REASONS FOR REJECTION PRENATAL REJECTIONS: 1. Conceived too soon after marriage. The newlyweds may have planned to wait for some time before starting their family. The baby becomes an intrusion in the parents' plans, and is rejected.
2. Conceived too close to the birth of a previous child. The parents groan under the realization that they will be caring for two babies in diapers at the same time. They had planned to space the birth of their children further apart. The baby is therefore rejected, because its birth is deemed untimely. 3. A financial strain on the family is created. The baby was not planned. It comes as an accident, and is blamed for putting additional stress on an already strained budget. 4. Fear of failure. Fear of childbirth pain, fear of complications, or fear of bearing a deformed child may cause the mother to wish she had never become pregnant. 5. Conflict between the parents-to-be. The marriage may be on the verge of divorce; therefore, it is not considered to be the proper time to have a baby arrive. 6. Contemplated or attempted abortion. In this case the rejection is extreme, in that the parents consider murdering the baby through abortion. Mounting evidence indicates the baby is aware its life is threatened Even though the abortion may not actually be carried out, or is not successful, the desire the parents had to kill the baby is registered in its awareness.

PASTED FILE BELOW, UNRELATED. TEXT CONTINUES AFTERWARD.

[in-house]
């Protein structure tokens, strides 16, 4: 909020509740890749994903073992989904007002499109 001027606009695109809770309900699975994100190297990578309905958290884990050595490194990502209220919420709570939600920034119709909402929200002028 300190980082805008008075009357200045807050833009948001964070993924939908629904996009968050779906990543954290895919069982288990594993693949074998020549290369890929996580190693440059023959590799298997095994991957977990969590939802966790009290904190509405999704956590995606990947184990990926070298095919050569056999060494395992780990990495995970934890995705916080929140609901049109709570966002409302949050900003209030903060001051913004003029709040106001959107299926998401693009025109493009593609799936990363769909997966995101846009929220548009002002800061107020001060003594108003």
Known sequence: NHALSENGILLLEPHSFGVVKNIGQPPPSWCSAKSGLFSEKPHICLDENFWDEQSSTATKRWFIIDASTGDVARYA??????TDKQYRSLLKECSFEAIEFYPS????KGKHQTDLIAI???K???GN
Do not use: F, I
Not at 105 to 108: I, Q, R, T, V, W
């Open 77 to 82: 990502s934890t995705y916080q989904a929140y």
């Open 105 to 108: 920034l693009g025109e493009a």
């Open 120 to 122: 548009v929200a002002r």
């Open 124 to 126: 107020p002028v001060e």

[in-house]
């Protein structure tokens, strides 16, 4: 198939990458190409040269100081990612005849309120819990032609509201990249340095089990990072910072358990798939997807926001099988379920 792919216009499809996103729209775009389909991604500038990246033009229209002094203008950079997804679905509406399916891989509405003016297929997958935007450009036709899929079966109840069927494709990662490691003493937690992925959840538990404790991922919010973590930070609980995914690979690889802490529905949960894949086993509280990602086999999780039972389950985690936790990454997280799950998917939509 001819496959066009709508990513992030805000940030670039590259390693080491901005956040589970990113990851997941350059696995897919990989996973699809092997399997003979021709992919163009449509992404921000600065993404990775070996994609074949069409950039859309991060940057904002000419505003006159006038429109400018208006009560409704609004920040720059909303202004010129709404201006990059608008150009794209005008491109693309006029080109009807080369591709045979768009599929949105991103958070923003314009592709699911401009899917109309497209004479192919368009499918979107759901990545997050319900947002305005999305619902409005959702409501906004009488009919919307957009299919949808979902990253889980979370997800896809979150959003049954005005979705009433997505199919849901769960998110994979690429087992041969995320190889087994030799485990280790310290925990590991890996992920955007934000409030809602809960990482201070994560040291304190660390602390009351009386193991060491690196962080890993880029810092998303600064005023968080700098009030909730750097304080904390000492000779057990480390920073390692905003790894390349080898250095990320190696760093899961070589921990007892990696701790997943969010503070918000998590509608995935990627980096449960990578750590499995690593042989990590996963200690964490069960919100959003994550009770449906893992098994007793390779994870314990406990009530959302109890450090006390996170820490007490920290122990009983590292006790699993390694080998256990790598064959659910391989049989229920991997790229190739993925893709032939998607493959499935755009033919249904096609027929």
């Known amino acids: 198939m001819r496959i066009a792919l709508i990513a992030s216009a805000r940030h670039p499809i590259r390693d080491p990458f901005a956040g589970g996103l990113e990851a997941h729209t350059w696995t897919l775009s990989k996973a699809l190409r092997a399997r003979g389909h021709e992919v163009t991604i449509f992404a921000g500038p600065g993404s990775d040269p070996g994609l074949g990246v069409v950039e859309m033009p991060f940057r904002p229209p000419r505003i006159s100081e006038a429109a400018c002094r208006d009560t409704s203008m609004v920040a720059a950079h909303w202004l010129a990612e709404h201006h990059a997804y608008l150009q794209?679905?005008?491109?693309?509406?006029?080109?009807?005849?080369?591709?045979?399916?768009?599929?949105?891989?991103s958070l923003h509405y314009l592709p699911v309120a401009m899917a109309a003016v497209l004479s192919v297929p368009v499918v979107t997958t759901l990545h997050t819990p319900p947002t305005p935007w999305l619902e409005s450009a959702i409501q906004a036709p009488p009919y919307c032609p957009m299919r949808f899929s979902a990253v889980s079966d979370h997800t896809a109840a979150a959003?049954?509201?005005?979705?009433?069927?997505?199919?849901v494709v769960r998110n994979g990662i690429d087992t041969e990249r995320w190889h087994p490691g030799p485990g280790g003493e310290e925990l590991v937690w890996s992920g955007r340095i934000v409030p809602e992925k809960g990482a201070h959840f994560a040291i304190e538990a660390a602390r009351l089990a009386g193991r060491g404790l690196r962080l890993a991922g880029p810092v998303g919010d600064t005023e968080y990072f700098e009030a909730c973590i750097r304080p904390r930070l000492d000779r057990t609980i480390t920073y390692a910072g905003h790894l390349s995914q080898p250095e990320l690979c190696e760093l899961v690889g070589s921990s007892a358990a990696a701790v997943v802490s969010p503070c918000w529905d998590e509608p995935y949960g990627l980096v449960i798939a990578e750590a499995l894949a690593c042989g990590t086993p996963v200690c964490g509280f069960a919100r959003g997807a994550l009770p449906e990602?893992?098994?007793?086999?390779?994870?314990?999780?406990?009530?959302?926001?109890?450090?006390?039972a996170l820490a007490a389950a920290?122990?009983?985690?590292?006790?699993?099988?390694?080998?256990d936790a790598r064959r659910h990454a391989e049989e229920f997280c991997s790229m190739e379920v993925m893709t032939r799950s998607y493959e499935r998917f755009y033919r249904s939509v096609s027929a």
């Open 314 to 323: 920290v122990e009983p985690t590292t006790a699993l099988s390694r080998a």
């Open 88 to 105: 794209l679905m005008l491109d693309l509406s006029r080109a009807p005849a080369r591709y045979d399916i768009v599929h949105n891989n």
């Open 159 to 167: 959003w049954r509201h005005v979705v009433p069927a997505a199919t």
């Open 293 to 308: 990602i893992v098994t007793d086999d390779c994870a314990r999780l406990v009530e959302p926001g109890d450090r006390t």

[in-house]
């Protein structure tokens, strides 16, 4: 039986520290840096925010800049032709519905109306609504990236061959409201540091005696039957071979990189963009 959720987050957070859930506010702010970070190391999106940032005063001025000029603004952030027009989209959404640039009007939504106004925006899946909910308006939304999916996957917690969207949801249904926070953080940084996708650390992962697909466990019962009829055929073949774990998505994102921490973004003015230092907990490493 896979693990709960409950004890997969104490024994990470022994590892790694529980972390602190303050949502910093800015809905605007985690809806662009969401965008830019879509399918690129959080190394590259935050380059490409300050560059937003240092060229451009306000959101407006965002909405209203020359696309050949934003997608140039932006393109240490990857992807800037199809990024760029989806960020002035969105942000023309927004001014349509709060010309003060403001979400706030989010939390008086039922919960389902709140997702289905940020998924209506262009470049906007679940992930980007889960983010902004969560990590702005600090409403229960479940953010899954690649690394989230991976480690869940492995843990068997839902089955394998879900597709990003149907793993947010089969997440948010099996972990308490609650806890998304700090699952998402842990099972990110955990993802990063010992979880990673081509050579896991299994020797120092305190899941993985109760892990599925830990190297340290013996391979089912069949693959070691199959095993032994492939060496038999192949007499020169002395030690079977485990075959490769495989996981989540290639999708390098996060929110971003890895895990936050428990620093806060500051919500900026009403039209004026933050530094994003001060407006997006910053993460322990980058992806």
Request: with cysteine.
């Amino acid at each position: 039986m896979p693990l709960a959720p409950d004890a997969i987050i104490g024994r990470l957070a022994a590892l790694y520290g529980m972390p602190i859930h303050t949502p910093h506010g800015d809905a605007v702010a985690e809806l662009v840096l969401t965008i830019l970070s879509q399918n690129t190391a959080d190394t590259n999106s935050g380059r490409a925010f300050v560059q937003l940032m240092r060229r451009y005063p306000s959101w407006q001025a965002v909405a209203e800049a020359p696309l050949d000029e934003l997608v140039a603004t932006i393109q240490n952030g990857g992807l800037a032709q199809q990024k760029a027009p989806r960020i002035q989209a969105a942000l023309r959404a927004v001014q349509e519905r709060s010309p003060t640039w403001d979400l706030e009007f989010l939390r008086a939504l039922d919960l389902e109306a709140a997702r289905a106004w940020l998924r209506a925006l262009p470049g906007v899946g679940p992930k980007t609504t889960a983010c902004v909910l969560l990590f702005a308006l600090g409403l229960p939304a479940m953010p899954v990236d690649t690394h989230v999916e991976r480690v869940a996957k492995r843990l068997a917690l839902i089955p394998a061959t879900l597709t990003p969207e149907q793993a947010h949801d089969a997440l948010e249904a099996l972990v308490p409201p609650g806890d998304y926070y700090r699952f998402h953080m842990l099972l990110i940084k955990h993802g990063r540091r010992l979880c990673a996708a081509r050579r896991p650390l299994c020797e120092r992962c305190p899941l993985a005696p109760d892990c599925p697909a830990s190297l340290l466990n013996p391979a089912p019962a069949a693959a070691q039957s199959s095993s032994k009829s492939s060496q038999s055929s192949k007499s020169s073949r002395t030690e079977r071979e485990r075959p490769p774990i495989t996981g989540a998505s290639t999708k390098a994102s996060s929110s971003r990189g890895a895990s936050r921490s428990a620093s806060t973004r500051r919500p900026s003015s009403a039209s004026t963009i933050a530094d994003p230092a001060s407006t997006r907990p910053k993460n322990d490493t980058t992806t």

WRONG SEX PREFERENCE. A child may be very much wanted until it is born. The sex preference is a serious matter with some parents. However, no matter how strong the personal preference might be, it can be very destructive to the child for the parents to reject it because of something over which the child had no control The sex was predetermined by God and should be accepted by the parents. Many parents are deeply disappointed over the sex of their children. The rejection of the babies may not be done maliciously, but done, nevertheless, with no understanding of the consequences. Parental rejection due to the wrong sex sometimes causes boys to become effeminate, and girls to become masculine. A child who is rejected because it is the wrong sex, will sense this at a very early age. They will often seek to gain parental acceptance by performing as one of the opposite sex. Consequently, a child who is rejected because of its wrong sex may grow to hate and reject itself.